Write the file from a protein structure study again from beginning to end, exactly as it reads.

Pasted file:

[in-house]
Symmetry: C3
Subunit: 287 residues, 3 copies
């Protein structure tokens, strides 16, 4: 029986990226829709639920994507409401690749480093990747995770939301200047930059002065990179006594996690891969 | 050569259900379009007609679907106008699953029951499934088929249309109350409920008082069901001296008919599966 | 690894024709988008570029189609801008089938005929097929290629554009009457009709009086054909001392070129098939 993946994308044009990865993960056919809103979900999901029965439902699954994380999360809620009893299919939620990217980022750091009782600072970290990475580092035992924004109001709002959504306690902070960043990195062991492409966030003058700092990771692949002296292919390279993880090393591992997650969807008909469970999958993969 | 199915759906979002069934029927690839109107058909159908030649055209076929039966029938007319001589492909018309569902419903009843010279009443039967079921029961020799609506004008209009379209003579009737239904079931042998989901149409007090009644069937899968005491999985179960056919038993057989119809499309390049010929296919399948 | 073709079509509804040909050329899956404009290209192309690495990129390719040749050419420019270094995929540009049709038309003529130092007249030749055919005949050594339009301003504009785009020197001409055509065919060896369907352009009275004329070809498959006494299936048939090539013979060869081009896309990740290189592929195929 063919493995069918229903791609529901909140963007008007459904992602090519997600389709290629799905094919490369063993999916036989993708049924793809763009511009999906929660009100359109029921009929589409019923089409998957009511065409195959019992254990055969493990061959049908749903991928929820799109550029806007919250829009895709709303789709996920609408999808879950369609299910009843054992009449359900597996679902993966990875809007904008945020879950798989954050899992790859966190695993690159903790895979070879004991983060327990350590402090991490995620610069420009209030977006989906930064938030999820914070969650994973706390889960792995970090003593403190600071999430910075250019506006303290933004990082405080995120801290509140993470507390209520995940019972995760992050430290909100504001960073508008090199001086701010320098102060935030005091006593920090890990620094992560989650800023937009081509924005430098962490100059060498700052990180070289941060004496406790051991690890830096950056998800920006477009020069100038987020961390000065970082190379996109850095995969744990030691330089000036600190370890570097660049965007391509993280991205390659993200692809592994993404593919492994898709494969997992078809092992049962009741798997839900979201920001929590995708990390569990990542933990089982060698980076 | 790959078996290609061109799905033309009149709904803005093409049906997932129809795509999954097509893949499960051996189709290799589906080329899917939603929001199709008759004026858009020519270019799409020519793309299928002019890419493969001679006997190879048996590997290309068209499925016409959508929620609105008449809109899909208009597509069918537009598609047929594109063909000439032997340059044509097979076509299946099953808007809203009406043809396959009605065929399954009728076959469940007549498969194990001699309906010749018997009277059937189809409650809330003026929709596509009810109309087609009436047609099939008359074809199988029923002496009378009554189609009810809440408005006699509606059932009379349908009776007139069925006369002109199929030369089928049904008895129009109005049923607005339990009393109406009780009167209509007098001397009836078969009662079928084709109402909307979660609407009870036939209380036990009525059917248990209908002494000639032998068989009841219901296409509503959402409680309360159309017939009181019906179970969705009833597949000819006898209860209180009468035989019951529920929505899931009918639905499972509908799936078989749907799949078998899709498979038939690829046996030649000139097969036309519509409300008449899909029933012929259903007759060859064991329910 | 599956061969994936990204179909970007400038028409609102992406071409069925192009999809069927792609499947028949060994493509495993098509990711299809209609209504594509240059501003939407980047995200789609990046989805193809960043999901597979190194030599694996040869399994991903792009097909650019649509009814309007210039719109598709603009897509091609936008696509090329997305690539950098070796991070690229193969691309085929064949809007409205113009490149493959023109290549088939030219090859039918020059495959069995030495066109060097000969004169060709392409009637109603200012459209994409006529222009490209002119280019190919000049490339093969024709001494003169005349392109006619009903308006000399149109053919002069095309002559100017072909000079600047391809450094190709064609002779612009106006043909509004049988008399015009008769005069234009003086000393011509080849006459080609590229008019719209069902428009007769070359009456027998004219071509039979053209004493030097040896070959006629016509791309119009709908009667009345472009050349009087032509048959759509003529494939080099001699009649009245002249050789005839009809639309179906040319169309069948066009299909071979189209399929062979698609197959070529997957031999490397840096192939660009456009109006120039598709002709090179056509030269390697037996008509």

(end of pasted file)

[in-house]
Symmetry: C3
Subunit: 287 residues, 3 copies
């Protein structure tokens, strides 16, 4: 029986990226829709639920994507409401690749480093990747995770939301200047930059002065990179006594996690891969 | 050569259900379009007609679907106008699953029951499934088929249309109350409920008082069901001296008919599966 | 690894024709988008570029189609801008089938005929097929290629554009009457009709009086054909001392070129098939 993946994308044009990865993960056919809103979900999901029965439902699954994380999360809620009893299919939620990217980022750091009782600072970290990475580092035992924004109001709002959504306690902070960043990195062991492409966030003058700092990771692949002296292919390279993880090393591992997650969807008909469970999958993969 | 199915759906979002069934029927690839109107058909159908030649055209076929039966029938007319001589492909018309569902419903009843010279009443039967079921029961020799609506004008209009379209003579009737239904079931042998989901149409007090009644069937899968005491999985179960056919038993057989119809499309390049010929296919399948 | 073709079509509804040909050329899956404009290209192309690495990129390719040749050419420019270094995929540009049709038309003529130092007249030749055919005949050594339009301003504009785009020197001409055509065919060896369907352009009275004329070809498959006494299936048939090539013979060869081009896309990740290189592929195929 063919493995069918229903791609529901909140963007008007459904992602090519997600389709290629799905094919490369063993999916036989993708049924793809763009511009999906929660009100359109029921009929589409019923089409998957009511065409195959019992254990055969493990061959049908749903991928929820799109550029806007919250829009895709709303789709996920609408999808879950369609299910009843054992009449359900597996679902993966990875809007904008945020879950798989954050899992790859966190695993690159903790895979070879004991983060327990350590402090991490995620610069420009209030977006989906930064938030999820914070969650994973706390889960792995970090003593403190600071999430910075250019506006303290933004990082405080995120801290509140993470507390209520995940019972995760992050430290909100504001960073508008090199001086701010320098102060935030005091006593920090890990620094992560989650800023937009081509924005430098962490100059060498700052990180070289941060004496406790051991690890830096950056998800920006477009020069100038987020961390000065970082190379996109850095995969744990030691330089000036600190370890570097660049965007391509993280991205390659993200692809592994993404593919492994898709494969997992078809092992049962009741798997839900979201920001929590995708990390569990990542933990089982060698980076 | 790959078996290609061109799905033309009149709904803005093409049906997932129809795509999954097509893949499960051996189709290799589906080329899917939603929001199709008759004026858009020519270019799409020519793309299928002019890419493969001679006997190879048996590997290309068209499925016409959508929620609105008449809109899909208009597509069918537009598609047929594109063909000439032997340059044509097979076509299946099953808007809203009406043809396959009605065929399954009728076959469940007549498969194990001699309906010749018997009277059937189809409650809330003026929709596509009810109309087609009436047609099939008359074809199988029923002496009378009554189609009810809440408005006699509606059932009379349908009776007139069925006369002109199929030369089928049904008895129009109005049923607005339990009393109406009780009167209509007098001397009836078969009662079928084709109402909307979660609407009870036939209380036990009525059917248990209908002494000639032998068989009841219901296409509503959402409680309360159309017939009181019906179970969705009833597949000819006898209860209180009468035989019951529920929505899931009918639905499972509908799936078989749907799949078998899709498979038939690829046996030649000139097969036309519509409300008449899909029933012929259903007759060859064991329910 | 599956061969994936990204179909970007400038028409609102992406071409069925192009999809069927792609499947028949060994493509495993098509990711299809209609209504594509240059501003939407980047995200789609990046989805193809960043999901597979190194030599694996040869399994991903792009097909650019649509009814309007210039719109598709603009897509091609936008696509090329997305690539950098070796991070690229193969691309085929064949809007409205113009490149493959023109290549088939030219090859039918020059495959069995030495066109060097000969004169060709392409009637109603200012459209994409006529222009490209002119280019190919000049490339093969024709001494003169005349392109006619009903308006000399149109053919002069095309002559100017072909000079600047391809450094190709064609002779612009106006043909509004049988008399015009008769005069234009003086000393011509080849006459080609590229008019719209069902428009007769070359009456027998004219071509039979053209004493030097040896070959006629016509791309119009709908009667009345472009050349009087032509048959759509003529494939080099001699009649009245002249050789005839009809639309179906040319169309069948066009299909071979189209399929062979698609197959070529997957031999490397840096192939660009456009109006120039598709002709090179056509030269390697037996008509």